Jackie Wilson’s “Higher and Higher” cut through the bitterly cold waterfront air at National Harbor as the crane on top of MGM Resorts’s upcoming casino and hotel pulled a large evergreen tree up to the roof to commemorate the building’s topping-out on Wednesday. The tree-raising ceremony—a custom dating back to eighth-century Scandinavia—marked the completion of another phase in the construction of the 24-story resort, which is scheduled to open in late 2016.
While the hotel tower is still skeletal, many of the casino’s structural features are nearly finished, including the ziggurat-like podium that hides the 5,000-space parking garage under the main building. “There’s nothing good-looking about a parking garage,” said MGM Resorts Chief Executive Jim Murren.
MGM won the rights to build Maryland’s sixth casino in December 2013, a little more than a year after the state’s residents voted to expand casino gambling in the state, and broke ground in May 2014. Since then, the project’s timeline has been extended while its budget has grown. Initially estimated $800 million, the casino’s price tag has increased to about $1.3 billion as MGM has refined the design. Swapping a planned 3,000-seat theater for a 4,000-person-capacity facility that can be used for conventions, boxing matches, concerts, and other events added about $100 million to the casino’s construction budget, said Lorenzo Creighton, the casino’s president chief operating officer.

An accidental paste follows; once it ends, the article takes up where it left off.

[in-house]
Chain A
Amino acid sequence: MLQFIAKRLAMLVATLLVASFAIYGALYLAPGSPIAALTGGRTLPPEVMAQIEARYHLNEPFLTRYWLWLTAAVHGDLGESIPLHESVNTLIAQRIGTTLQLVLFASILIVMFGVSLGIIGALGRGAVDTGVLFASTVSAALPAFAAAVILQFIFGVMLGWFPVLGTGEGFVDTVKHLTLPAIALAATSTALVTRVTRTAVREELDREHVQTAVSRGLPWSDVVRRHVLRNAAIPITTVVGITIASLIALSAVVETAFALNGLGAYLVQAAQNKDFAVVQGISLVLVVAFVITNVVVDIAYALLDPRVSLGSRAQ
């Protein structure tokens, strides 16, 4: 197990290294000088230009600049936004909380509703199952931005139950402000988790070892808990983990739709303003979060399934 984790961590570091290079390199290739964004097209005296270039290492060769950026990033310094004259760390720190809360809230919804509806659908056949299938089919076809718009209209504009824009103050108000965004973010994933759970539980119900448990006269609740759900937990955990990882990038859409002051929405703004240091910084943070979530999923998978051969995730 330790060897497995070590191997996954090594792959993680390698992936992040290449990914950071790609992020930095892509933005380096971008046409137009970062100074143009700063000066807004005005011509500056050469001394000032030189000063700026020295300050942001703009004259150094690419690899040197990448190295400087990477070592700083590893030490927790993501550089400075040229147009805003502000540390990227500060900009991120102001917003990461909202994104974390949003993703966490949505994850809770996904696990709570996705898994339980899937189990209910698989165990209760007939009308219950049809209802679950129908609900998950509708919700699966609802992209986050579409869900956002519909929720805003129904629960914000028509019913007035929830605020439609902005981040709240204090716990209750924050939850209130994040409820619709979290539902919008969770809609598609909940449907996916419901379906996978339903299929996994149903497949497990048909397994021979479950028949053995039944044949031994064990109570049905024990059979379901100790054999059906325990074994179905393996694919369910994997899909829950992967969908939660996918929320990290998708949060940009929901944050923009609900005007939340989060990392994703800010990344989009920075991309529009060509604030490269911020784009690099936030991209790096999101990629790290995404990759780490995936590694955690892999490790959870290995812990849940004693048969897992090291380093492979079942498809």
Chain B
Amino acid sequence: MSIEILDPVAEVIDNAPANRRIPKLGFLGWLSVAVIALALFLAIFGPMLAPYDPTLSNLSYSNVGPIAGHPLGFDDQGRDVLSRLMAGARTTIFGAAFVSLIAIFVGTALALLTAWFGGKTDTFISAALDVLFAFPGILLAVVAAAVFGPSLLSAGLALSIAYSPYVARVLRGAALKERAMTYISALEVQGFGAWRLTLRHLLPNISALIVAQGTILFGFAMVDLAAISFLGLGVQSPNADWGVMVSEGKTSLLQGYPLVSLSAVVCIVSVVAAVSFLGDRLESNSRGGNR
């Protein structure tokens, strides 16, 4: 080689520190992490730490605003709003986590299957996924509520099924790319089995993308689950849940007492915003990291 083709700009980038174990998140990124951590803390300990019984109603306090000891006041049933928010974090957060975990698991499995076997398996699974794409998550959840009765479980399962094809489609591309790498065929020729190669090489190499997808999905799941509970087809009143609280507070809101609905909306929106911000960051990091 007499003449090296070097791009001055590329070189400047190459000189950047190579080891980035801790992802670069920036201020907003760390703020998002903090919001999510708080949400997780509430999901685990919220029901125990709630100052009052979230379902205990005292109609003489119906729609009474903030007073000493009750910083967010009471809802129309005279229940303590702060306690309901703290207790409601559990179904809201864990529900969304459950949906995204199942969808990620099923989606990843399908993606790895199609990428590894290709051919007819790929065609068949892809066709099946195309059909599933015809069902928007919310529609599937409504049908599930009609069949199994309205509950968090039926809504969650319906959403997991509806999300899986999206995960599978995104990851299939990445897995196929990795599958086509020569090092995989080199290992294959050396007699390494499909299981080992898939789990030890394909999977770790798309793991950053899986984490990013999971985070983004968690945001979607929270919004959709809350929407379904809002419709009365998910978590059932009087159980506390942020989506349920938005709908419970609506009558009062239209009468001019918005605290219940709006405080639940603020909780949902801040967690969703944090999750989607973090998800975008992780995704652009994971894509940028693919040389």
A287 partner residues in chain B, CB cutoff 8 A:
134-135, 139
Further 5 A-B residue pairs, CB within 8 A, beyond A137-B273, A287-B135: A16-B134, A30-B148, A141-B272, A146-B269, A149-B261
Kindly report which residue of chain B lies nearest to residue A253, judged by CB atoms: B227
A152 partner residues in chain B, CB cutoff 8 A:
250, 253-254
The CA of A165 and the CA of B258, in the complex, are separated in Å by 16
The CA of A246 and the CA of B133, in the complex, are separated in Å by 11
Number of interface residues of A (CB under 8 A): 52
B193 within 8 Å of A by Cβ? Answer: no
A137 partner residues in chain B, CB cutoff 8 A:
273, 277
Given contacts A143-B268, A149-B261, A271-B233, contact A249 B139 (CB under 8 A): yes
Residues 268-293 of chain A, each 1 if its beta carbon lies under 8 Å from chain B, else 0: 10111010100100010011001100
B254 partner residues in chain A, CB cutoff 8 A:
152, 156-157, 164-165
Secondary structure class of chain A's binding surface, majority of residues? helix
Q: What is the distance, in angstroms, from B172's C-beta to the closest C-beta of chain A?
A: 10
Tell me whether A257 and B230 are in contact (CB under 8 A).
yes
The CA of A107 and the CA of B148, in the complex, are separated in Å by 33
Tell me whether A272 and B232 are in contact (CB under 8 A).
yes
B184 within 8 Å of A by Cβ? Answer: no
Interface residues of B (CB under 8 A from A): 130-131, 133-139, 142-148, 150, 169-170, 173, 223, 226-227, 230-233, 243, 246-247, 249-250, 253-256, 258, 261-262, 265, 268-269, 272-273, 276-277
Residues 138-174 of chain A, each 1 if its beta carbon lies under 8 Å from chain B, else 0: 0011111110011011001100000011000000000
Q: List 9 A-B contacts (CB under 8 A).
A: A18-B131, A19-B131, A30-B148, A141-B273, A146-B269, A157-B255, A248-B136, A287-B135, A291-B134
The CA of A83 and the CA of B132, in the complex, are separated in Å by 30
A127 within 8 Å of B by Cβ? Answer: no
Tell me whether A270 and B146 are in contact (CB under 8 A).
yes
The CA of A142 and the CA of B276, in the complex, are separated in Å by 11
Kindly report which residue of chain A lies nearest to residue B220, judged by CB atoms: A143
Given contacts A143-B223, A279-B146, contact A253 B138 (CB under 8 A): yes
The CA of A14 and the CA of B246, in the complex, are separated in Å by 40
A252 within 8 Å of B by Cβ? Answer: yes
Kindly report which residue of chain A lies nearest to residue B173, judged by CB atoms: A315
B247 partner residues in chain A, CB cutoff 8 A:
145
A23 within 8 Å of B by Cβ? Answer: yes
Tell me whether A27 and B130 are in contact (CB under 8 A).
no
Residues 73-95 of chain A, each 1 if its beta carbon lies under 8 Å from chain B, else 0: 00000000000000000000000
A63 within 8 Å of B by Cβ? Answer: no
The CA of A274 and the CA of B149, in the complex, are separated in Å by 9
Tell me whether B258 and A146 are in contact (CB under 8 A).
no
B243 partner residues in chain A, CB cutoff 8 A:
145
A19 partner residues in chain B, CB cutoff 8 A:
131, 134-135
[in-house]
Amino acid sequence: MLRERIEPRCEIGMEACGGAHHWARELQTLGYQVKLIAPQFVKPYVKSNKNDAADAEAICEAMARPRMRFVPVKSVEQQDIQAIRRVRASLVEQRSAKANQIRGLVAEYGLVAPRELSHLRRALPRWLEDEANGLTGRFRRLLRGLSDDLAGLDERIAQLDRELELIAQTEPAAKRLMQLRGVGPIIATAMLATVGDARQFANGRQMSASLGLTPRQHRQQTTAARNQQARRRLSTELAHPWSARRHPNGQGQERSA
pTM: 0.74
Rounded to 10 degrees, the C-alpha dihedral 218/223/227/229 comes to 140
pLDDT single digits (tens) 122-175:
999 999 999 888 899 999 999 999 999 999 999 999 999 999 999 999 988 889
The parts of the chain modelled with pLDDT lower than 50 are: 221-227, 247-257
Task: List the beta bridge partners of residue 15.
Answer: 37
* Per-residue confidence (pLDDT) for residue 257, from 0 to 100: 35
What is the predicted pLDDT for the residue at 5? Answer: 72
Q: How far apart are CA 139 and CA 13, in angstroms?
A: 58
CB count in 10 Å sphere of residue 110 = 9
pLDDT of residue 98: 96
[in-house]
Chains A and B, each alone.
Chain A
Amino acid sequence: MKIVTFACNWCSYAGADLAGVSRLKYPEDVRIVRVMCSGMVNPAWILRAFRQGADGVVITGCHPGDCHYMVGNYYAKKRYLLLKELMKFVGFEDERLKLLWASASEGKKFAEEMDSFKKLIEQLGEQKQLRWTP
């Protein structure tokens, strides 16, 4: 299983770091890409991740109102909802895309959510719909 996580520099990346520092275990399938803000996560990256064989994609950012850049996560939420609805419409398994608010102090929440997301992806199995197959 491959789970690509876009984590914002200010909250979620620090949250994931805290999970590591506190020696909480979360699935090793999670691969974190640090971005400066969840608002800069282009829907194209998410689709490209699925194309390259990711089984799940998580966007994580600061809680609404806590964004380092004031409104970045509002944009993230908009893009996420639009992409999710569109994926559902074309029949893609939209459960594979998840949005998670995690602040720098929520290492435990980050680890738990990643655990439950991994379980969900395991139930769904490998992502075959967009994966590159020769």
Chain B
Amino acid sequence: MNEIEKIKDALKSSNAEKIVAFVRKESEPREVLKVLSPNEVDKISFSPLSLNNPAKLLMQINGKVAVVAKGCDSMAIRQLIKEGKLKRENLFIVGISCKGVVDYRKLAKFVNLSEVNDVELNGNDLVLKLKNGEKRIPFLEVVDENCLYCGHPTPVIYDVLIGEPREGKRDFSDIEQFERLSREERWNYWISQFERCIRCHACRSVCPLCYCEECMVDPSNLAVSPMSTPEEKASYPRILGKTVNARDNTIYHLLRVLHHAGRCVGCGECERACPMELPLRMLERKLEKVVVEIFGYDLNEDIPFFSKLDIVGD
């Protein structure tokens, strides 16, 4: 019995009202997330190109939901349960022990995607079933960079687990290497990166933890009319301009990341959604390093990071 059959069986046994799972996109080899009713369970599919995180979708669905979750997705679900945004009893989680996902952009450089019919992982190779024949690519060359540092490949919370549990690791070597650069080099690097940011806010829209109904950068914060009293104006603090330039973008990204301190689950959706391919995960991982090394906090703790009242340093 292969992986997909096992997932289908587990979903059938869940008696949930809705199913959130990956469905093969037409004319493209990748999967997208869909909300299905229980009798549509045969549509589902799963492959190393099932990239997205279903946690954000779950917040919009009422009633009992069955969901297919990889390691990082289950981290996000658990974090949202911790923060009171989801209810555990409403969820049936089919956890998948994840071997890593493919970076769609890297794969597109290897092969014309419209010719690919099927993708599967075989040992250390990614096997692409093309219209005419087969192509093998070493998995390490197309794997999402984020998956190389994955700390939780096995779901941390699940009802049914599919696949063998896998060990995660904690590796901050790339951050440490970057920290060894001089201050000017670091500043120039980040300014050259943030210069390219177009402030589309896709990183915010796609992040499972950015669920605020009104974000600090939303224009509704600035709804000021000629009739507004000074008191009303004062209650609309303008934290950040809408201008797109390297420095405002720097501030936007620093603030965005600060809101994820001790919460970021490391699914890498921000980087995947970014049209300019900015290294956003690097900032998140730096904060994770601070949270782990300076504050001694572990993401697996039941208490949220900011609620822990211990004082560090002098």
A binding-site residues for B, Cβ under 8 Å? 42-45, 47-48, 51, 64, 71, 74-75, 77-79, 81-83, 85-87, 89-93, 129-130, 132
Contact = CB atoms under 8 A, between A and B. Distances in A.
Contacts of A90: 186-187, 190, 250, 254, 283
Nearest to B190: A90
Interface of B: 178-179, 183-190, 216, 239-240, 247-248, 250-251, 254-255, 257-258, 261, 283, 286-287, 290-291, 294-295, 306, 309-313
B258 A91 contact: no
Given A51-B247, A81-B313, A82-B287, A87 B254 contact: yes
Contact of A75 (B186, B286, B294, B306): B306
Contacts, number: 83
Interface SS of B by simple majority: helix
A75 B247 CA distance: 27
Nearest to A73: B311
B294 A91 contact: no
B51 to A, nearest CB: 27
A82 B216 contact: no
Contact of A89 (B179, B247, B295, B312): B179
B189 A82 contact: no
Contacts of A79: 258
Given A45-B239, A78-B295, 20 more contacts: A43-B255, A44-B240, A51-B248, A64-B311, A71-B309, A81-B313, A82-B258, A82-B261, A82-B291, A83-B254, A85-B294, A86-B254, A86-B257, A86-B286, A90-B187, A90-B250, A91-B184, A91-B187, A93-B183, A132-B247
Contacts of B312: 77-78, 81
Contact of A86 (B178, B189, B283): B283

When it opens, MGM National Harbor will feature 234 rooms, 74 suites, 18,000 square feet of retail, 12 restaurants, another 27,000 square feet of meeting and convention space, and a 125,000 square foot casino. (Maryland Live! in Hanover, by comparison, is 140,000 square feet.) Several of the planned restaurants will be from name-brand chefs, including José Andrés, Marcus Samuelsson, and Bryan Voltaggio, who attended the tree-raising event.
About 1,100 workers come to the construction site daily, according to an MGM corporate fact sheet. Murren and Creighton said that when it opens, the hotel and casino will have about 3,600 permanent jobs, about 80 percent of which will be full-time. The company says its average annual full-time wage is about $60,000, with 140 “job classes” ranging from dealers to hotel receptionists to managers. (Dealer training begins in May, with an emphasis on learning blackjack first, said Bill Boasberg, MGM National Harbor’s general manager.)
Murren also boasted MGM has upped the luxuriousness of the hotels rooms, suites, and amenities since the casino was designed. “The suite product is the best we’ve done as a company,” he said. But will it be superlative enough to match the hotel Donald Trump is building at the Old Post Office on Pennsylvania Ave., Northwest, 11 miles away?
“We’ll blow that away,” Murren said.